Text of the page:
Northern pike, Esox lucius, are attracted by alarm pheromone of fathead minnow, Pimephales promelas, deposited normally in the undamaged fish skin (Mathis et al., 1995; Chivers et al., 1996; undirect data by Wisenden & Thiel, 2001). According to Mathis et al. (1995), pike are also attracted by an artificial hypoxanthin-3(N)-oxyde identified as an active component of the Ostariophysi alarm pheromones.

In addition to pike in the winter experiments (Wisenden & Thiel, 2001), other predatory fish active in cold season such as walleye, Stizostedion vitreum, largemouth bass, Micropterus salmoides, and yellow perch, Perca flavescens, might be attracted by the skin extract of fathead minnow, P. promelas. Other potential predators in the experimental locality (Wisenden & Thiel, 2001) such as black bullhead catfish, Ameiurus melas, brown bullhead, A. nebulosus, and yellow bullhead, A. natalis, are inactive in the winter season.

It is shown directly that piscivorous (adult) largemouth bass, M. salmoides, are attracted by alarm pheromone of finescale dace, Phoxinus neogaeus (Brown et al., 2001). Likewise, adult yellow perch, P. flavescens, are attracted by conspecific alarm pheromone (Hurvey & Brown, 2004) while juvenile (planktivorous) bass and perch demonstrate anti-predator behaviour to the same cue.

According to Mathis et al. (1995), skin extract of fathead minnow, P. promelas, attracts also 6 species of predaceous diving beetles (Dytiscidae) like Colymbetes sculptilis and more.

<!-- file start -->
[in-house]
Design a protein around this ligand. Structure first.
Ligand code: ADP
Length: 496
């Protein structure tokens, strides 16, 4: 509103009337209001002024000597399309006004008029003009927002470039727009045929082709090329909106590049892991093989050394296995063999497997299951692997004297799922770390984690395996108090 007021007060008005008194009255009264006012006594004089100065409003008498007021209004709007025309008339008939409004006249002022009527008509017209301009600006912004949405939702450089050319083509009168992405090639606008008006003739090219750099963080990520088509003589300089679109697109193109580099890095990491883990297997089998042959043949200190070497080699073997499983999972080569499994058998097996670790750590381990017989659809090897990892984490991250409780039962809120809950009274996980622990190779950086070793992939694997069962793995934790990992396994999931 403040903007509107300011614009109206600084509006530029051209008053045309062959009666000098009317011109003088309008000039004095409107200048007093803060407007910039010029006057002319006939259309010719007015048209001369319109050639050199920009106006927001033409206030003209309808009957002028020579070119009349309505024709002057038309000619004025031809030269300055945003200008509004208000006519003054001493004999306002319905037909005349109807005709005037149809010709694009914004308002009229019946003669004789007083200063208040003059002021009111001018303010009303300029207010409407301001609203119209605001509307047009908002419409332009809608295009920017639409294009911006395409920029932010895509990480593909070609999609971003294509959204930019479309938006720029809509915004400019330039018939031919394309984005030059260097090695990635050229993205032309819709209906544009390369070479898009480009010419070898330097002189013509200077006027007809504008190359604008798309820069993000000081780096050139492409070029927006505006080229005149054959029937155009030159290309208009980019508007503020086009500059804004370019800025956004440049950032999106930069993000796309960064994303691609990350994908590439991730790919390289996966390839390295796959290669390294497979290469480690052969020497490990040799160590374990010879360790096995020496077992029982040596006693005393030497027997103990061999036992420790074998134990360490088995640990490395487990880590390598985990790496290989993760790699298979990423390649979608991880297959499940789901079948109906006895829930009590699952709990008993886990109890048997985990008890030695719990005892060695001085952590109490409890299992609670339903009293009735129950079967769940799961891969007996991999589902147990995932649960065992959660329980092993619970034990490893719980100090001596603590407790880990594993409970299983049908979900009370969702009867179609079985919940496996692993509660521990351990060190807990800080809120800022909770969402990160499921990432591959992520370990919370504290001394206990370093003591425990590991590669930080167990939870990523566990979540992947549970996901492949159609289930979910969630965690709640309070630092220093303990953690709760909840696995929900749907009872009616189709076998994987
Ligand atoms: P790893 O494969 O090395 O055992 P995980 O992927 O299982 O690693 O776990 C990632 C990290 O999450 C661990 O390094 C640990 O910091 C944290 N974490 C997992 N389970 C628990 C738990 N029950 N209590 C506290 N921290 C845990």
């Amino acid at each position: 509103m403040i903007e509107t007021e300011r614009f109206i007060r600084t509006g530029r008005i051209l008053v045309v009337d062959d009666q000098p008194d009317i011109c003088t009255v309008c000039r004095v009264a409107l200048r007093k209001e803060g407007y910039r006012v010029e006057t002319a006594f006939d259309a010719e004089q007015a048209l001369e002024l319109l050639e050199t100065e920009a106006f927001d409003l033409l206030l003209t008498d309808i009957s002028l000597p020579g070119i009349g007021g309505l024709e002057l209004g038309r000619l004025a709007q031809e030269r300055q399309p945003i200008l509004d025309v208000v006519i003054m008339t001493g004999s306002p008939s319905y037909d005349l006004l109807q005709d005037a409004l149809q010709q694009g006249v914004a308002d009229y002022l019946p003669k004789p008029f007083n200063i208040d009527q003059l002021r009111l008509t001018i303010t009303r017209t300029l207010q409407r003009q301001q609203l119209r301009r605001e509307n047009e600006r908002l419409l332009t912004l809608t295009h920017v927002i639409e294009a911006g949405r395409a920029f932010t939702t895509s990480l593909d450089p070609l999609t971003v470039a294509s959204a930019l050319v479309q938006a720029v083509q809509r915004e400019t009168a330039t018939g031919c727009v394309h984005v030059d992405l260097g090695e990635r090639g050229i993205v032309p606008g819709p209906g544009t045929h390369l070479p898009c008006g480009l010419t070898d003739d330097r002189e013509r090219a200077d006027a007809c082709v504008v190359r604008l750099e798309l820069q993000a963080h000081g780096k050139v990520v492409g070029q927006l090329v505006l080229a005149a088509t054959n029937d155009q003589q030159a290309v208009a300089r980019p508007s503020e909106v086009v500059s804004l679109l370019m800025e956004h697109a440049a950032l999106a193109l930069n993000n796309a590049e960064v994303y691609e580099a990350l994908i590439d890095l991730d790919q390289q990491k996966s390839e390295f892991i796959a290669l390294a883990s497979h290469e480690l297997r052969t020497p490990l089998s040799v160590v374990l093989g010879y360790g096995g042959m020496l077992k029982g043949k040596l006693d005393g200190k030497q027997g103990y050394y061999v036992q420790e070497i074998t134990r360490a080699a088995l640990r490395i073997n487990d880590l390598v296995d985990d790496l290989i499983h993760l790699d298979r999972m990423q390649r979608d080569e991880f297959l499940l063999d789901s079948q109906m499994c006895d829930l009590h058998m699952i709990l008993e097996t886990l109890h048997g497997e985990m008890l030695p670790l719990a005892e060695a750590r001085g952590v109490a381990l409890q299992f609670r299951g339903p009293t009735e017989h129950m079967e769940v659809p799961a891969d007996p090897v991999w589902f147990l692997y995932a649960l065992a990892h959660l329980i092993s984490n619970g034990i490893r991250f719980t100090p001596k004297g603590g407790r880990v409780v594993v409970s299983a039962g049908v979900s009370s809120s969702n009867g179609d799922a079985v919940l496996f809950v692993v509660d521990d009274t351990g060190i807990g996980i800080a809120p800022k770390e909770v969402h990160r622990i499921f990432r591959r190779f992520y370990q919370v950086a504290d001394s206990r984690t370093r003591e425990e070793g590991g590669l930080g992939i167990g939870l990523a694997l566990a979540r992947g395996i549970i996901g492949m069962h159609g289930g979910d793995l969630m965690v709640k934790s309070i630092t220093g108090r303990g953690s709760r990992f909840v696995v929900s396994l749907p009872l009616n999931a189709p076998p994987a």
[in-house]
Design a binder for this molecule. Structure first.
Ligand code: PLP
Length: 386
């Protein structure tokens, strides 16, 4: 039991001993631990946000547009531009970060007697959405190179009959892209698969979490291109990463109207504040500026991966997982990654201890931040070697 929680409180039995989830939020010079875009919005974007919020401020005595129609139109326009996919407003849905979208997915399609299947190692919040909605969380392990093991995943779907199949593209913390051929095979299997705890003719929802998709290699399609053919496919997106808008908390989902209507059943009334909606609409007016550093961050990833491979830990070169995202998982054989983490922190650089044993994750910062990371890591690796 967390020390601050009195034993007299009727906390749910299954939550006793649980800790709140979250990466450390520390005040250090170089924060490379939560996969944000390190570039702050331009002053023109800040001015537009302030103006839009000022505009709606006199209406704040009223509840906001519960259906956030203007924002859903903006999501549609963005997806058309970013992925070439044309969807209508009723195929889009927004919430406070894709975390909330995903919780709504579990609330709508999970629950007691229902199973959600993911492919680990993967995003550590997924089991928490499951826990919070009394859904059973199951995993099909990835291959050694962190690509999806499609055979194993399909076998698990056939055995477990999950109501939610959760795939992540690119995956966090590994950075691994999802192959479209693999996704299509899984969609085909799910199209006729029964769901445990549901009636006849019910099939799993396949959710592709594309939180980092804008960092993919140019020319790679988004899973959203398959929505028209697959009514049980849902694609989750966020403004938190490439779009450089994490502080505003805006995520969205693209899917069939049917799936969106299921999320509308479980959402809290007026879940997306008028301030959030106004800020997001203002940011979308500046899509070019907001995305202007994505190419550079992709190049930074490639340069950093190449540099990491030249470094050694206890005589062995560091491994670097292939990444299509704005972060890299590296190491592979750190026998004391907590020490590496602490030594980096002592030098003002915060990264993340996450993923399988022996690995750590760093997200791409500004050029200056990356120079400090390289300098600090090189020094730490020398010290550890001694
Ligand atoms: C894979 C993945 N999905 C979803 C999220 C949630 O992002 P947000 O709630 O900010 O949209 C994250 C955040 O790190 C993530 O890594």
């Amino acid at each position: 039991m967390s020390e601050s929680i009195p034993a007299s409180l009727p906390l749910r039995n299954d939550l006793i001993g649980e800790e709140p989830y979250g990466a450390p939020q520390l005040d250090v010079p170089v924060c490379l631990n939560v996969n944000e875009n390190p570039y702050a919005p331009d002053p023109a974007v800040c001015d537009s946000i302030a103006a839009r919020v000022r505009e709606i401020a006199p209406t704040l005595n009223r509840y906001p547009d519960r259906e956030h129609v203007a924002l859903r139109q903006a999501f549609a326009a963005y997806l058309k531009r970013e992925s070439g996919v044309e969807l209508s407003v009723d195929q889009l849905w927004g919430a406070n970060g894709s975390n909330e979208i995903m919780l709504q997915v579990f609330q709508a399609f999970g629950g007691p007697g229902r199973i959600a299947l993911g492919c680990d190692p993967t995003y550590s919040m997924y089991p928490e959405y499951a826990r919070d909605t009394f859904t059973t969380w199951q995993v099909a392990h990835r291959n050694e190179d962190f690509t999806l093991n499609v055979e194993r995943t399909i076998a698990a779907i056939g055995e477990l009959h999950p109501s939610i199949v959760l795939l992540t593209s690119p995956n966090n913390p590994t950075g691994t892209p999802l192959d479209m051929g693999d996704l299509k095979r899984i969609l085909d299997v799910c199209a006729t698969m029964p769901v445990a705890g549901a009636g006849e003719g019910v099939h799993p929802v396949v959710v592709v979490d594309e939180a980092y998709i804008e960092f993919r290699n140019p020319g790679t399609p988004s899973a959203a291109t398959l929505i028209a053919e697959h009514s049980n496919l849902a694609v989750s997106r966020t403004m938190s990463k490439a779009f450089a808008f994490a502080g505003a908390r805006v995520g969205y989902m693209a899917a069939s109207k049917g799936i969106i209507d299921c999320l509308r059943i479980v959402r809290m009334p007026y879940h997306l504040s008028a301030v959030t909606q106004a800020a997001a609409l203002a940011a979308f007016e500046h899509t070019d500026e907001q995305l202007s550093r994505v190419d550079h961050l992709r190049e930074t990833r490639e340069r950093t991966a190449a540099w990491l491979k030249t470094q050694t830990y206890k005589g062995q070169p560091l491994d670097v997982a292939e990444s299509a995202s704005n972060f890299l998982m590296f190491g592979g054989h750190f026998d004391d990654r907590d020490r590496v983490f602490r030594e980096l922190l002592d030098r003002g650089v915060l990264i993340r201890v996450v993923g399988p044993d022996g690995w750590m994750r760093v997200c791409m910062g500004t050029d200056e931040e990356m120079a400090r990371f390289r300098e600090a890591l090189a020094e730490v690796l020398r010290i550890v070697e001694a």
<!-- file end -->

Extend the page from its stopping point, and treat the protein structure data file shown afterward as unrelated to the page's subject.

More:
Basic References

Brown G.E., LeBlanc V.J., Porter L.E. 2001. Ontogenetic changes in the response of largemouth bass (Micropterus salmoides, Centrarchidae, Perciformes) to heterospecific alarm pheromones. Ethology 107, 401-414

Chivers D.P., Brown G.E., Smith R.J.F. 1996. The evolution of chemical alarm signals: attracting predators benefits alarm signal senders. The American Naturalist 148, 649-659

Harvey M.C., Brown G.E. 2004. Dine or dash?: Ontogenetic shift in the response of yellow perch to conspecific alarm cues. Environmental Biology of Fishes 70, 345-352

Mathis A., Chivers D.P., Smith R.J.F. 1995. Chemical alarm signals: predator detterents or predator attractants? American Naturalist 145, 994-1005

Wisenden B.D., Thiel T.A. 2001. Field verification of predator attraction to minnow alarm substance. Journal of Chemical Ecology 28, 417-422

Category: Attractants | Views: 1025 | Added by: nickyurchenko | Date: 2013-06-30